Developer: Obsidian Entertainment

Publisher: Versus Evil

Release: May 8, 2018

Three years ago I reviewed the first Pillars of Eternity, a fun isometric RPG in the style of Baldur’s Gate that I was never able to complete because the computer I was playing it on melted (don’t game on a laptop, boys and girls). Given the success that Obsidian enjoyed with the game, and the continued success of these crowdfunded isometric roleplaying games more generally, it was only inevitable that the game would get a sequel.

Being a direct sequel to the first game, Deadfire allows for the continuation of your character from the first game. If you start from scratch, however, you go through a short prologue sequence where you get to choose various dialogue options outlining how you completed the first game. It’s sort of analogous to the intro of the second Mass Effect. Character generation plays out much the same as the first game, with the player being given a choice between six different races, and each one having two or more subraces. The eleven classes from the previous game return, but Deadfire sees the introduction of various subclasses as well as the ability to multiclass. It takes the first game’s “I can’t believe it’s not AD&D” tendencies even further in that direction. Unlike it’s obvious tabletop forebear, however, Deadfire does not use a per rest system with regard to special abilities and spells, rather it uses a per encounter system. It’s a bit more challenging than the standard cooldown time mechanic in many modern roleplaying games, as it prevents spamming one or two things over and over again. Combat in Deadfire utilizes the same tried and true pause and play real time system as its immediate predecessor, so combat should be eminently familiar to anyone who played the first game, Baldur’s Gate, or Dragon Age: Origins. 

For my fellow thieves, assassins, and rangers, the stealth system sees a bit of a revamp. This time, going into a crouching position brings up a circle around nearby NPCs indicating the extent of their audible range, and a red triangle indicating their field of vision. It makes thieving and killing from the shadows much more point and click friendly than it usually is in games of this nature. I find lock picking to be a touch stupid, however. Picking a lock requires two things: a level in the mechanics skill that corresponds to or exceeds the level of the lock you are trying to pick and a certain number of lock picks. Inventory management dispenses with encumbrance in favor of giving each character a small personal inventory and access to a, as far as I can tell at this point, bottomless “party storage” chest. It does strike me as slightly stupid and “casualized,” but since you have a ship this time around, it does help from the angle of upgrading and resupplying the ship. Carrying around new canons, sails, hull upgrades, as well as crew supplies until you return to your trusty vessel.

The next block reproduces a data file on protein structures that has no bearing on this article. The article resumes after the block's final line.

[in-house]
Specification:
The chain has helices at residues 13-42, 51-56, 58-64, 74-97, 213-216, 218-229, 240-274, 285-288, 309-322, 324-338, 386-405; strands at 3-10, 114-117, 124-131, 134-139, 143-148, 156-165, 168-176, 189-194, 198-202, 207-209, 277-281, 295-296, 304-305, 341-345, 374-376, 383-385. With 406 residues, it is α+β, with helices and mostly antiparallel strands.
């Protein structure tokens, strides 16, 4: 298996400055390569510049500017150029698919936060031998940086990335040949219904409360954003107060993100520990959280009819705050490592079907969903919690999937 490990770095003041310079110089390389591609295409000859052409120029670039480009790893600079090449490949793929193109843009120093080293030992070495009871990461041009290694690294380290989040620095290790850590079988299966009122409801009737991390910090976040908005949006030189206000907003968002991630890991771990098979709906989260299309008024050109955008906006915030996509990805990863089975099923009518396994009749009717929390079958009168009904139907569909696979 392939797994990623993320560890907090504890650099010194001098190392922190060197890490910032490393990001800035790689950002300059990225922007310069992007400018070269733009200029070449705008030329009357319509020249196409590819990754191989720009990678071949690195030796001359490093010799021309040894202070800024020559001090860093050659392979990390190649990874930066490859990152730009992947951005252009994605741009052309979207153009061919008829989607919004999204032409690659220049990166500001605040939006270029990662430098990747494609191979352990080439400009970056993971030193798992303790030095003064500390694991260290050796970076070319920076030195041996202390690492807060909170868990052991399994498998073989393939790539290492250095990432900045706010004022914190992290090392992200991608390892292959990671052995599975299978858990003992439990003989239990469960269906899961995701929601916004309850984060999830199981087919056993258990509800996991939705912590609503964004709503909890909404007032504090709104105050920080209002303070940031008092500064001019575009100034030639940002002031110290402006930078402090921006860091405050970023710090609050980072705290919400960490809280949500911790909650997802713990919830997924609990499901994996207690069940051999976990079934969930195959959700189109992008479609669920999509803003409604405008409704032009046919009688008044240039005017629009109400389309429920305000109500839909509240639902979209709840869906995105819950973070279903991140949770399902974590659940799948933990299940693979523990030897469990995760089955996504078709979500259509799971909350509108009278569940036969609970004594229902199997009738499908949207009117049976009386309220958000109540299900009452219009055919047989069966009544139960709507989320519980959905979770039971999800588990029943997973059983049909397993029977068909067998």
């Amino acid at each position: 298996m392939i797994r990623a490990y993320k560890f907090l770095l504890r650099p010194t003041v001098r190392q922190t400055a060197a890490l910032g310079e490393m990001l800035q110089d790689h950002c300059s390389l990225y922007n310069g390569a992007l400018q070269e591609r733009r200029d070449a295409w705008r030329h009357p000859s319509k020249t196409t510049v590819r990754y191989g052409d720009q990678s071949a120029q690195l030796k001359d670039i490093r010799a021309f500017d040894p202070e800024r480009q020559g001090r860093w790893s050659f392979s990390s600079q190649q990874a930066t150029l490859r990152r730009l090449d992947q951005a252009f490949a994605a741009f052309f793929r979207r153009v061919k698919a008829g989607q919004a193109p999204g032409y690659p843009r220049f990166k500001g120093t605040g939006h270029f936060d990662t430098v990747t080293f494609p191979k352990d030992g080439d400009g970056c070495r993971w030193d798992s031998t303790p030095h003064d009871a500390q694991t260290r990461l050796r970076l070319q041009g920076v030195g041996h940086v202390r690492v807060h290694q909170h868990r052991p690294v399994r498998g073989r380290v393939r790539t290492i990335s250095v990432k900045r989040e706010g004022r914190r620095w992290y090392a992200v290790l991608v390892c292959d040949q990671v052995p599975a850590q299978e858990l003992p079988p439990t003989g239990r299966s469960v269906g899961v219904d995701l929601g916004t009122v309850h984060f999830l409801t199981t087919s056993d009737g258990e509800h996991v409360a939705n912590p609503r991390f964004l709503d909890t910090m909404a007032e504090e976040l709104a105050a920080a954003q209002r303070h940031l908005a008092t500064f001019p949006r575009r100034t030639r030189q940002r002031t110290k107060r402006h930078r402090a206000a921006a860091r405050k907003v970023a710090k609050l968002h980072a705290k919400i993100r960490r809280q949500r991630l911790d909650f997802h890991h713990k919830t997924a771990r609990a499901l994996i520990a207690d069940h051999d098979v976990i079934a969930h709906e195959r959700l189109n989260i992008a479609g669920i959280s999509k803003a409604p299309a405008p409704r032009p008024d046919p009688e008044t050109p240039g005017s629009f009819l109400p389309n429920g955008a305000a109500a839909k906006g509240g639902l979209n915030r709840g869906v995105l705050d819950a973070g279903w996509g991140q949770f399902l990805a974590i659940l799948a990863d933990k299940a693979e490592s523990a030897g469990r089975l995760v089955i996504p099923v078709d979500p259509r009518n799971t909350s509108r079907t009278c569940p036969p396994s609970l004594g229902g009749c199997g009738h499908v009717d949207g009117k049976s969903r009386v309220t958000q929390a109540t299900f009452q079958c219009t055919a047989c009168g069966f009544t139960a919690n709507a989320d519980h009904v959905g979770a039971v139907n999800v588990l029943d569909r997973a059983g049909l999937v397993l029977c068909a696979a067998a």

The ship itself is a fun new mechanic. In addition to serving as a transport between the various islands that make up Deadfire’s setting, you also have the ability to hunt down pirates or attack merchant vessels at sea. This is done through a text based, turn taking battle system. It’s not particularly complex or aesthetically impressive, but it does serve as an amusing little diversion. You can also board enemy ships, which plays out in the same isometric, 2.5D manner as the rest of the game’s battles.

Aesthetically, Deadfire moves away from the typical high middle ages sort of setting and toward sort of a combination of a Caribbean renaissance look. Puffy sleeves, bright colours, pseudo Spanish colonial architecture, and lots of pirates and black powder firearms. The graphics are a bit crisper this time out, but the system requirements are still light enough that the game could potentially be run on a potato.

Now for the problems. Deadfire hiccups quite a bit, by which I mean at random points the game will stop moving for several seconds and then lurch forward. It’s little more than an annoyance when you’re just walking around exploring, but in battle it can quickly spell death. I have also run into a persistent repeatable crash point in an encounter zone near one of the games cities which has rendered any further progress impossible. It’s quite possibly the most annoying glitch I’ve encountered in an Obsidian game since the inevitable save game corruption in the unpatched version of Fallout: New Vegas. I both of these issues get fixed with a patch in the near future, but until they are fixed, I’m afraid the latter issue is going to cause me to have to deduct several points off of the score of this otherwise quite enjoyable game.

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